Culture, Traditions and Identity

The Ainu people have a rich history and culture. Their traditions and beliefs are quite different from Japanese traditions and beliefs. 

Women would create dresses and other garments adorned with traditional patterns using elm tree bark. These dresses were often used on ceremonial occasions such as marriages. Today, many women dedicate themselves to preserving this craft by creating these garments in the traditional way. Ensuring that these traditions live on alongside indigenous languages is vital if we are going to succeed in our efforts to preserve ancient cultures for future generations. 


A traditional Ainu ceremonial dress
A Traditional Ainu Ceremonial Dress


Ainu houses follow a precise formula. They were typically built along a riverbank, had three windows, a fireplace, an area for valuables next to the fireplace and designated seating areas for parents, children and guests.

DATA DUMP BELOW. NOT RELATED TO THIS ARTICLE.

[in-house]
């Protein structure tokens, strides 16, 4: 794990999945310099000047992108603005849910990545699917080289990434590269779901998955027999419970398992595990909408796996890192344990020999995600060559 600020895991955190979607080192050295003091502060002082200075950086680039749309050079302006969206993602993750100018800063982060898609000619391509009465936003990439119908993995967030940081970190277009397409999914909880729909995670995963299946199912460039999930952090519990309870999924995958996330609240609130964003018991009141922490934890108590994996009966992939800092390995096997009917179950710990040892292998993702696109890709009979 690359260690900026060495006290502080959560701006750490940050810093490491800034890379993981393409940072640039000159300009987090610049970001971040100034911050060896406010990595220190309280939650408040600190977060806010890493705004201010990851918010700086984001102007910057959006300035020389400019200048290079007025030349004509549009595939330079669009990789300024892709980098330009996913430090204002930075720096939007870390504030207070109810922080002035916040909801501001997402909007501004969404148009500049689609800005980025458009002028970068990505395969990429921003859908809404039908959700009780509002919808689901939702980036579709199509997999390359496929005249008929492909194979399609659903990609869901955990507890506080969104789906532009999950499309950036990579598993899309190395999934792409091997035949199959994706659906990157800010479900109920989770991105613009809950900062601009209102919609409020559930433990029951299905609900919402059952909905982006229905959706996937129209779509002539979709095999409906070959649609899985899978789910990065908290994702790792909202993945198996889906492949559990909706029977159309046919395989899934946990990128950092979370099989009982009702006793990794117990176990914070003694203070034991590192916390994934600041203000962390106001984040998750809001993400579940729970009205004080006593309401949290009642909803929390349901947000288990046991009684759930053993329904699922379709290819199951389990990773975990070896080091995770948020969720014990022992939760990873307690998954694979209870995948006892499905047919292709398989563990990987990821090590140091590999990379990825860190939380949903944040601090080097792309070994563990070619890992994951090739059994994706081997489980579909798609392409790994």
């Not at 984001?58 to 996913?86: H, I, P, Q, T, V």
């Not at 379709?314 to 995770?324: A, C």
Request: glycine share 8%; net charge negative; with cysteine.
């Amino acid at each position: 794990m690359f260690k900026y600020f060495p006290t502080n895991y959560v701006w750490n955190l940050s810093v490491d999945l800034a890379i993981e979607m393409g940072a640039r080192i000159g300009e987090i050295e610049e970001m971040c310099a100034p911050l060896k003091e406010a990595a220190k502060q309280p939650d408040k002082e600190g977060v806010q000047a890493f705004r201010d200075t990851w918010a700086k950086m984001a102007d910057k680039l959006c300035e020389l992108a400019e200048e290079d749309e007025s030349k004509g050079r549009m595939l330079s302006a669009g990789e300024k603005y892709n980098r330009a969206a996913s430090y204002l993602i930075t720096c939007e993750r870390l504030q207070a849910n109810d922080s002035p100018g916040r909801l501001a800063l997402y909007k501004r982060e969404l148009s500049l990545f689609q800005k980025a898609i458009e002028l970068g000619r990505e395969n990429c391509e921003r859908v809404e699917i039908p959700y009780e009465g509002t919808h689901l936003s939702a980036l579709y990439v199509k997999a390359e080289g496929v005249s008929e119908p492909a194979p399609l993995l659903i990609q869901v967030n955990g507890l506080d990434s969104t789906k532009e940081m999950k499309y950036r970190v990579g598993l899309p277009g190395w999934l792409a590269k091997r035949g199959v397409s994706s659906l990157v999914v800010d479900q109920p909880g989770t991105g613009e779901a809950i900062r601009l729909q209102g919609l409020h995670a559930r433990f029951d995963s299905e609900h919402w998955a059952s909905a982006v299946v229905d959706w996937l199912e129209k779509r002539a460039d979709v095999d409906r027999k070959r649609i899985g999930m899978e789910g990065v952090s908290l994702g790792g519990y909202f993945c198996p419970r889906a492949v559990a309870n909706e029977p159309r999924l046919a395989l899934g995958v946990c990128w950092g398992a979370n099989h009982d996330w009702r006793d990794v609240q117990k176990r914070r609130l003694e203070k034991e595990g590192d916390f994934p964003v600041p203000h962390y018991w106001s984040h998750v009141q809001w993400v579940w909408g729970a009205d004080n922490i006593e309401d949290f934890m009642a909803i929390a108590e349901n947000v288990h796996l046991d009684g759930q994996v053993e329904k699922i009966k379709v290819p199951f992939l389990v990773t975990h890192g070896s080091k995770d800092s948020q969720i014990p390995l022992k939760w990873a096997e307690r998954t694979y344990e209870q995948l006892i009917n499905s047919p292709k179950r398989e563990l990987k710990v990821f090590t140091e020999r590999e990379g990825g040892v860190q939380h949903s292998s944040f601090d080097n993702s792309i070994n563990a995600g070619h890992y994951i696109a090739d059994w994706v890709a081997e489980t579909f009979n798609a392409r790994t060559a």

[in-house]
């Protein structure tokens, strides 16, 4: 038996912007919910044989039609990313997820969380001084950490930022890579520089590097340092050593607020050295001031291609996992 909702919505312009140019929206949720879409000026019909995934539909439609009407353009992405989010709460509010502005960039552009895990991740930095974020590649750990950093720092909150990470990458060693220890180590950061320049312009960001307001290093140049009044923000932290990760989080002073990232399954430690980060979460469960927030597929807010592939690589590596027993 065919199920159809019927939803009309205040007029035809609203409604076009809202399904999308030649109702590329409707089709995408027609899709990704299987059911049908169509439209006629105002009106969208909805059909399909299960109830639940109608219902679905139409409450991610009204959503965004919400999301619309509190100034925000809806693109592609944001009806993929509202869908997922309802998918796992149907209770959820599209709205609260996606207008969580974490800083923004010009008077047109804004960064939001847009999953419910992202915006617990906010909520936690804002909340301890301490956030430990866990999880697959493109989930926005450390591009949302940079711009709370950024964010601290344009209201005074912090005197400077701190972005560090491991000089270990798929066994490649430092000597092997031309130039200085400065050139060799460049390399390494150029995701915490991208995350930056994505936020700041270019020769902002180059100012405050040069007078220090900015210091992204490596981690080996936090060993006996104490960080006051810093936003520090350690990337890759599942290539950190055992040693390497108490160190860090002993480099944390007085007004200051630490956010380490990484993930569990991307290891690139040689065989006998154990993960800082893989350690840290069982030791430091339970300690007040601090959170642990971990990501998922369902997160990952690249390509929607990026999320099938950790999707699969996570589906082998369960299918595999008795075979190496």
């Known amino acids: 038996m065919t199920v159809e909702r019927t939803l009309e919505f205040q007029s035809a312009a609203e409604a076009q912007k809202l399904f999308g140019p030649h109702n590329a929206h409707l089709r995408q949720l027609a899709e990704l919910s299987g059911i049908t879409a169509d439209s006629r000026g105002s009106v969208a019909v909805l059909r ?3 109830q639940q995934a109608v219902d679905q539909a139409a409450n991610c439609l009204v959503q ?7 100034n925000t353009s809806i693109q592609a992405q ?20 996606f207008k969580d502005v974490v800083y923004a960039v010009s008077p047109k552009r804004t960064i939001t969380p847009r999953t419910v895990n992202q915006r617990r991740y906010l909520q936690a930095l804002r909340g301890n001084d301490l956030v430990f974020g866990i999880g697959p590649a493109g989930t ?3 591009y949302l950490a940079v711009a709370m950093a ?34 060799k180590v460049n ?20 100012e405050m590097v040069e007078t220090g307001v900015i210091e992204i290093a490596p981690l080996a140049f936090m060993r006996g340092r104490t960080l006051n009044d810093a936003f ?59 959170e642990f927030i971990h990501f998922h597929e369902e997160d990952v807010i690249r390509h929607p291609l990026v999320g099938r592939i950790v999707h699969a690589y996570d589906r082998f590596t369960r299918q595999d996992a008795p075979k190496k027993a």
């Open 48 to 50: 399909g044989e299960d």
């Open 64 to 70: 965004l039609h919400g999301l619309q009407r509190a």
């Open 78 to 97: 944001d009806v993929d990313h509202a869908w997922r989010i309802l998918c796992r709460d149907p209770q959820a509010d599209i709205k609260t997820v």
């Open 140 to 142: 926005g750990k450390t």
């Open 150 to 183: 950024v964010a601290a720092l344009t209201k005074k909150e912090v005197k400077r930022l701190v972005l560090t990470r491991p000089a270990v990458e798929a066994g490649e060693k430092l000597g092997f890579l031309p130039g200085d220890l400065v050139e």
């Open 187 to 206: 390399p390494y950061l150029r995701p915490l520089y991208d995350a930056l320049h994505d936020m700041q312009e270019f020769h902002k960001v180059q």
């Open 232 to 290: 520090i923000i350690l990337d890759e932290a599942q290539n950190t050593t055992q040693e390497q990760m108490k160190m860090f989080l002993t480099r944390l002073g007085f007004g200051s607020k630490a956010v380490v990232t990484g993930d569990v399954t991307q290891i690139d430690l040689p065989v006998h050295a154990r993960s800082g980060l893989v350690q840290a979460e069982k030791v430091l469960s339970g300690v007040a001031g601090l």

These very specific, but accepted norms extended to all aspects of Ainu life; from marriage to hunting and, of course, language. Tradition and ceremony are at the forefront of daily life within this indigenous Japanese society. 

Model of a traditional Ainu house
Model of a Traditional Ainu House

Why Ainu?

Here at Drops, we firmly believe in the importance of preserving language. As we’ve already mentioned, Ainu is one of the most endangered languages in the world.

We’re under no illusion that we alone can save a language from dying out, but we will play our part.